Three more years would bring us the first bit of animated Oz that was not a short: Videocraft's Return to Oz. It was a duo-sequel, following up the Tales of the Wizard of Oz cartoon series and also offering a sequel to the Wizard of Oz story. It took full advantage of the public domain status of The Wonderful Wizard of Oz by reworking the plot into a sequel: the Wicked Witch is back and has robbed Dorothy's friends of their gifts from the Wizard. Another Kansas twister whips Dorothy and Toto back to Munchkinland, where she rejoins her old friends to find the Wizard again while keeping one step ahead of the Wicked Witch, who's got a few new tricks up her sleeve. (Voicing Dorothy was Susan Conway, while singing her songs was another Susan: Susan Morse, who happens to be a friend!)


Another musical sequel would follow in 1969: the kiddie matinee The Wonderful Land of Oz, based on The Marvelous Land of Oz. Live action, and with so many thrills, you'll be Ozified! Or ossified. The plot actually stays very close to Baum's original book with a few cuts. The quality of the production is pretty low, and the acting seems rather amateurish, aside from Channy Mahon who plays Tip, who really just should not have been cast as the lead character in a movie.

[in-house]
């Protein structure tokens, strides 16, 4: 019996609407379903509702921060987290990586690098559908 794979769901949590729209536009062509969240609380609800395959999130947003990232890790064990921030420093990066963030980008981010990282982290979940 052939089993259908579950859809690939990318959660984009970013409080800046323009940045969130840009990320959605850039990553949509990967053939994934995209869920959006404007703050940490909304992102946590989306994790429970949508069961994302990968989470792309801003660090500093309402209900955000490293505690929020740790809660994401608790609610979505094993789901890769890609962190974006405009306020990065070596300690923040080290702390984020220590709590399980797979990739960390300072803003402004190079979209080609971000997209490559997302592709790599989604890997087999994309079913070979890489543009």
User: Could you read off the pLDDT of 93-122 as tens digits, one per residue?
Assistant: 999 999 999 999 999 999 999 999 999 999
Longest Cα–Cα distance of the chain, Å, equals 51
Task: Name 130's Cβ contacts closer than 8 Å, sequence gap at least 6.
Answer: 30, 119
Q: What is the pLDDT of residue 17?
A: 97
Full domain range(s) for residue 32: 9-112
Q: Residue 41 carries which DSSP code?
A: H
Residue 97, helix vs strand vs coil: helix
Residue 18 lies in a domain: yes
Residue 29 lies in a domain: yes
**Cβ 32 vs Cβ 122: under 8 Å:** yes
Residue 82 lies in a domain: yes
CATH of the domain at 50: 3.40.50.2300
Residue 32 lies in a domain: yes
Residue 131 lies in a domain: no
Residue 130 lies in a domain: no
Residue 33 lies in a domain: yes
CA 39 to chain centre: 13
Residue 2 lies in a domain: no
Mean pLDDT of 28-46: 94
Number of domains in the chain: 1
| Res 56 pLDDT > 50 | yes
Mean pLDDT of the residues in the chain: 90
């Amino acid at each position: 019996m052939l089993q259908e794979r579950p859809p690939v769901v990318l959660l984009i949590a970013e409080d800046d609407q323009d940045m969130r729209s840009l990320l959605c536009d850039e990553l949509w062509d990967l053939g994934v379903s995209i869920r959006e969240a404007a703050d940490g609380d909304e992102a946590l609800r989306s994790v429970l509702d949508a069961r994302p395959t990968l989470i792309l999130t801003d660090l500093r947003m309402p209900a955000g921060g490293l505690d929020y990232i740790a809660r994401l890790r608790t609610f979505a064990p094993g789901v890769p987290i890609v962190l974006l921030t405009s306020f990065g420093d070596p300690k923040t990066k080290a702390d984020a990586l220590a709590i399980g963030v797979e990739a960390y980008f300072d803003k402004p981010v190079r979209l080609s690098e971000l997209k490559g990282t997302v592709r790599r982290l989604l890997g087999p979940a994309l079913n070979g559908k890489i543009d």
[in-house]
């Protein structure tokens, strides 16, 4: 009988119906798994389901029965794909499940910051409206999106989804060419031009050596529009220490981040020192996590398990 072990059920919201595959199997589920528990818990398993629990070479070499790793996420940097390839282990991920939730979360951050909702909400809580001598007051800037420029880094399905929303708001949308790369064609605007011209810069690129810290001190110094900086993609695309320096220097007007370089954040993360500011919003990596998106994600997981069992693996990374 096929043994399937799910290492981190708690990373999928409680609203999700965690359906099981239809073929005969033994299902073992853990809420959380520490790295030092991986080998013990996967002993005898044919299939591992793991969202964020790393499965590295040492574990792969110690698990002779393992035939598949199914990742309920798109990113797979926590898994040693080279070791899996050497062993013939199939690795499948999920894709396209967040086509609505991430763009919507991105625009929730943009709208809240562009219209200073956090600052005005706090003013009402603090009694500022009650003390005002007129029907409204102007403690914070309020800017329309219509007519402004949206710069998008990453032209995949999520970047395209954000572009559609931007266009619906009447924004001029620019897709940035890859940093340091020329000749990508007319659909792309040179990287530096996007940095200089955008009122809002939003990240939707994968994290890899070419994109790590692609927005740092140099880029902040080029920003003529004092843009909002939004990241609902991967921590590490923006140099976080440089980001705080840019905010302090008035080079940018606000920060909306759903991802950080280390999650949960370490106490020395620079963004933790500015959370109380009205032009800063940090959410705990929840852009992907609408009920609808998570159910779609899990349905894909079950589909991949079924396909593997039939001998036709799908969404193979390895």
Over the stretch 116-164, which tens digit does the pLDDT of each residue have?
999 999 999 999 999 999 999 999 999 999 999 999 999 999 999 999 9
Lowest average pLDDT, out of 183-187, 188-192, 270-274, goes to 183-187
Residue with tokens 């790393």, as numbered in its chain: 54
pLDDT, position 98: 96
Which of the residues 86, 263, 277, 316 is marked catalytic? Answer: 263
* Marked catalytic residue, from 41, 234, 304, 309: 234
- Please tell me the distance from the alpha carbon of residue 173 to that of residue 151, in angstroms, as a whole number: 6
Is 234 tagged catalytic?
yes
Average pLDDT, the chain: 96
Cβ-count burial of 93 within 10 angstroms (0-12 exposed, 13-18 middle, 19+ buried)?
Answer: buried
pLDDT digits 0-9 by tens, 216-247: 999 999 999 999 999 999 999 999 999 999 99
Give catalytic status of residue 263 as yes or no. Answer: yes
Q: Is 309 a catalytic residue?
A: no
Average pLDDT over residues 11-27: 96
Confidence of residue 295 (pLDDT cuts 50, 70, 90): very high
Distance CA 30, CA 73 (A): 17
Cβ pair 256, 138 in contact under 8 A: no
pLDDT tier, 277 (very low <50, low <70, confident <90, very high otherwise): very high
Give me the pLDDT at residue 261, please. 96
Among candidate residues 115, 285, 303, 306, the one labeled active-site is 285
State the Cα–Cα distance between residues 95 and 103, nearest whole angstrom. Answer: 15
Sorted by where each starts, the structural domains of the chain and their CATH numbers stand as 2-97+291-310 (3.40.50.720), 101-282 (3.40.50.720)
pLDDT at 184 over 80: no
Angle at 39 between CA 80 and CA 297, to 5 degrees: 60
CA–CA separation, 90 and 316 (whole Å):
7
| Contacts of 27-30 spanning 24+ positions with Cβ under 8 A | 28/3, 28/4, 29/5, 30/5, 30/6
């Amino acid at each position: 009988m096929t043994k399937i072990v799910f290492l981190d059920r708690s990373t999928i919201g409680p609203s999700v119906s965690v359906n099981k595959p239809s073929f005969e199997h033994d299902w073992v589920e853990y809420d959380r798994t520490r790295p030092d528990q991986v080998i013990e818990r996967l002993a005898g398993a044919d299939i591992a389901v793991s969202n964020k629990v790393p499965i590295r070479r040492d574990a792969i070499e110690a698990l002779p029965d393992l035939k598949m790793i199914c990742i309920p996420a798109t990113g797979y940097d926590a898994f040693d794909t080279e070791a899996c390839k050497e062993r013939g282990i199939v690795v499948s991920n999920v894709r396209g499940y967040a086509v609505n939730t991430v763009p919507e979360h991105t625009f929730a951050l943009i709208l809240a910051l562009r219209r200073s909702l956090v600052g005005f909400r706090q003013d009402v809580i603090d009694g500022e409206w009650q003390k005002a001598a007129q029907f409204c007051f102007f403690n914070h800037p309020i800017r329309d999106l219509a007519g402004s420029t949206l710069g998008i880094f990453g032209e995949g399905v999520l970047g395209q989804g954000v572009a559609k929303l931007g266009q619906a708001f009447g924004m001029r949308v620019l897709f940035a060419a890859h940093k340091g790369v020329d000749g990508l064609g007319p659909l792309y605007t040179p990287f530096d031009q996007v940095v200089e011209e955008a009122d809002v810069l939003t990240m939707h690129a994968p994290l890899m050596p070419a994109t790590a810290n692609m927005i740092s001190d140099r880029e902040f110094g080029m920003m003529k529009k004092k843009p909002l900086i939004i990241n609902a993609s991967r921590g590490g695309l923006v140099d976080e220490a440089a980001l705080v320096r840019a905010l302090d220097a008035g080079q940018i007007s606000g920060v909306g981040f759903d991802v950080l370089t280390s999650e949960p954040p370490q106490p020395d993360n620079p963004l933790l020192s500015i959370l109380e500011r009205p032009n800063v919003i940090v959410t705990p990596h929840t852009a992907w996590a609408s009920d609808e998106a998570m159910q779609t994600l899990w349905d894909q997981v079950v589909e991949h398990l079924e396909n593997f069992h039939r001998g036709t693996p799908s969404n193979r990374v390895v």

At all.



Finally getting released in 1972 was Journey Back to Oz by Filmation. The voices had been recorded ten years earlier and the animation begun, but when funding ran out, the project was in limbo until it was finally completed. It's generally given a good claim to being the official sequel to the MGM Wizard of Oz due to a cast member appearing in the film: Margaret Hamilton as Aunt Em. Liza Minnelli, Judy Garland's daughter, took her mother's role of Dorothy and made it her own for the film, though her voice is reminiscent of Judy's at many points.

The plot? Dorothy returns to Oz via cyclone and with help from Pumpkinhead (Paul Lynde) and Woodenhead (Herschel Bernardi), races to the Emerald City to warn the Scarecrow (Mickey Rooney) of the wicked witch Mombi (Ethel Merman) invading with her magic green elephants!



With home video and more Oz books going into the public domain in the 1980s, more Oz sequels popped up: Dorothy in the Land of Oz (the Oz cartoon of many names, including Dorothy and the Green Gobbler of Oz) featured Dorothy returning to Oz via the Wizard's turkey balloon and joining Jack Pumpkinhead, the Hungry Tiger and Tik-Tok to defeat Tyrone the Terrible Toy Tinkerer. The Children's Theater Company of Minneapolis filmed their stage version of The Marvelous Land of Oz and released it to home video, but although it references the first Oz story, it is again a separate piece. 1987 brought the direct-to-video Dorothy Meets Ozma of Oz, an adaptation of Ozma of Oz, set up to be a sequel to Wizard, though no particular version.